The string quartet repertoire, when skillfully managed, employs some of the most charismatic, sophisticated and refined classical music.
“The literature is just phenomenal,” Robert Jesselson, a University of South Carolina School of Music cello professor said. “It pulls the listener into what’s going on. The literature, it’s just like fine wine. It’s some of the most fabulous and most fantastic literature that’s out there.”
On Monday, the Parker Quartet, a string ensemble of the finest vintage, begins the first of its two weeklong residences at USC. The second residency is in November. This week the quartet will perform two concerts and conduct a public master class at USC. They will also do outreach at the South Carolina Governor’s School for the Arts, the Fine Arts Center of Greenville and Columbia-area schools.
“This is the first time USC has had a quartet in residence like this,” Jesselson, who beamed with excitement, said.
The Grammy-winning ensemble is atypical of most touring quartets in that the members are a working unit that doesn’t just come together for performances. Parker Quartet is like any number of touring bands.
“It requires a lot of a musician,” Kee-Hyun Kim, Parker Quartet’s cellist said. “Besides traveling, you’re working with three other people who have strong opinions and ideas. You have to give one unified interpretation of a piece.
“It’s really hard for any group of people to work intensely. Creating music makes it that much more personal.”
The quartet began touring in 2002. Along with Kim, members included violinists Daniel Chong and Karen Kim and violist Jessica Bodner. Karen Kim’s departure was announced in a post on the group’s website last month. A handful of violinists, including David McCarroll, have sat in Karen Kim’s chair.
Kee-Hyun Kim said new players can shift the quartet’s dynamic.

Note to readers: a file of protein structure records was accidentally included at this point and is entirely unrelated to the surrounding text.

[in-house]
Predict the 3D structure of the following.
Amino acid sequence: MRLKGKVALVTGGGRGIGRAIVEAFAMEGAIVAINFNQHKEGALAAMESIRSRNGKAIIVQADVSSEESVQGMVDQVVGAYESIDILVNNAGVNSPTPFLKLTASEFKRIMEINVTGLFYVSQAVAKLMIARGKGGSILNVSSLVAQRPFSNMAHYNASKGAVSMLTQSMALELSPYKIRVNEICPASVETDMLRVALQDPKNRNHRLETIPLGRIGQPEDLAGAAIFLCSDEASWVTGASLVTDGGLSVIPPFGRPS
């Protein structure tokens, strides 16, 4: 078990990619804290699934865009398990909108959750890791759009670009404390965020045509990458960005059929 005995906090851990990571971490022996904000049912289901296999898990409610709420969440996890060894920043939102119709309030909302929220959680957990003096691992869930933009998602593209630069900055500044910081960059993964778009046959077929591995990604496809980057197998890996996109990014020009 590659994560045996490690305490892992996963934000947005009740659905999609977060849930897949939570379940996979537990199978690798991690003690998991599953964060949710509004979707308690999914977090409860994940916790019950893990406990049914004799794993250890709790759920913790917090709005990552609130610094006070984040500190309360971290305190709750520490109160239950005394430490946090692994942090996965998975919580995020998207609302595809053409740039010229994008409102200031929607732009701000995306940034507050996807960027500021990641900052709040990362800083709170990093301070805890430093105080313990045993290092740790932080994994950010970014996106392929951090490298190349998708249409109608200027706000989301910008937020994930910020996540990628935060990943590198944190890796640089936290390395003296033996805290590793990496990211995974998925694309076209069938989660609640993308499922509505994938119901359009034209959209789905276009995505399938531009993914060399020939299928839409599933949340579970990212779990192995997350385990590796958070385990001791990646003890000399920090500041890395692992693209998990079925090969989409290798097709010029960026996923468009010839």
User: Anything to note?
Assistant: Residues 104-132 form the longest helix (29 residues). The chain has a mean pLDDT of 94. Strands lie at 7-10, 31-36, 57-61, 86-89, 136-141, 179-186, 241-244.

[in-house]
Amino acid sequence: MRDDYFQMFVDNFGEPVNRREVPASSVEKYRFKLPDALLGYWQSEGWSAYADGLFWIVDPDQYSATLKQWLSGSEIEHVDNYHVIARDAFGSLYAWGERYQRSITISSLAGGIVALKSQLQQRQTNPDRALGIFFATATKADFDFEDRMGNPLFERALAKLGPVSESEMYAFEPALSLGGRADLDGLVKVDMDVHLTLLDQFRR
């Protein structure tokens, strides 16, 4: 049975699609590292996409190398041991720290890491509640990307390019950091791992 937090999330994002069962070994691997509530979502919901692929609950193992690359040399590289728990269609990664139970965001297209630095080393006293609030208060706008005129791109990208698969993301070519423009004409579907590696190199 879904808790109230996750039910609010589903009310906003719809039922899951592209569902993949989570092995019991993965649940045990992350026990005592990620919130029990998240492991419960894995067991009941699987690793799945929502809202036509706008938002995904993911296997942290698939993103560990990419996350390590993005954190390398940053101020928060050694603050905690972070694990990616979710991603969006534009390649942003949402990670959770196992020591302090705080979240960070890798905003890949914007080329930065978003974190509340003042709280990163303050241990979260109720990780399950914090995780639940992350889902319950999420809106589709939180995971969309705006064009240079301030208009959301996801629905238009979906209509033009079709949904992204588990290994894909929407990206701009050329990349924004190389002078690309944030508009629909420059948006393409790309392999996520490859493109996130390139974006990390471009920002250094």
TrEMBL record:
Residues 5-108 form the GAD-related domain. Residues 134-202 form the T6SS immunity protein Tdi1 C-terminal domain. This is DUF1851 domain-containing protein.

“Each member really influences the group,” he said. “We’ve been working with a few different violinists this year who were generous enough to give us their time. They bring in a view and perspective that we haven’t thought of before.”
When asked what makes quartet music so alluring, Kim said the great composers such as Beethoven, Mozart and Schubert regarded the format as a test of their mettle.
“You create this whole different instrument, one with 16 strings if you will,” he said.
Residencies, unlike traditional multi-date tours, allow groups to spend time in a community.
“It is definitely enough time for us to become part of the community and to really play concerts, to do outreach and to really engage with everybody in a personal, intimate setting,” Kim said. “I find that very enjoyable. You remember people’s names.”
When asked why a string quartet had not visited USC in such a manner, Jesselson’s answer was to the point.
“Most important, of course, is money,” said Jesselson, who earlier this year was named professor of the year by the South Carolina Commission on Higher Education and the governor’s office. “This community hasn’t had a long tradition of classical music. We’ve been growing to a point of sophistication that the community is really wanting this.”
The Parker Quartet residencies have been been made possible by a Provost office grant.
“We’re at the cusp of starting something really special at USC,” Jesselson, who last year celebrated the 30th anniversary of Jesselson/Fugo, a piano-cello duo with Charles Fugo, said.
“It’s really spreading the word that Columbia and USC has something. We couldn’t have better advertising.”
Reach Taylor at (803) 771-8362.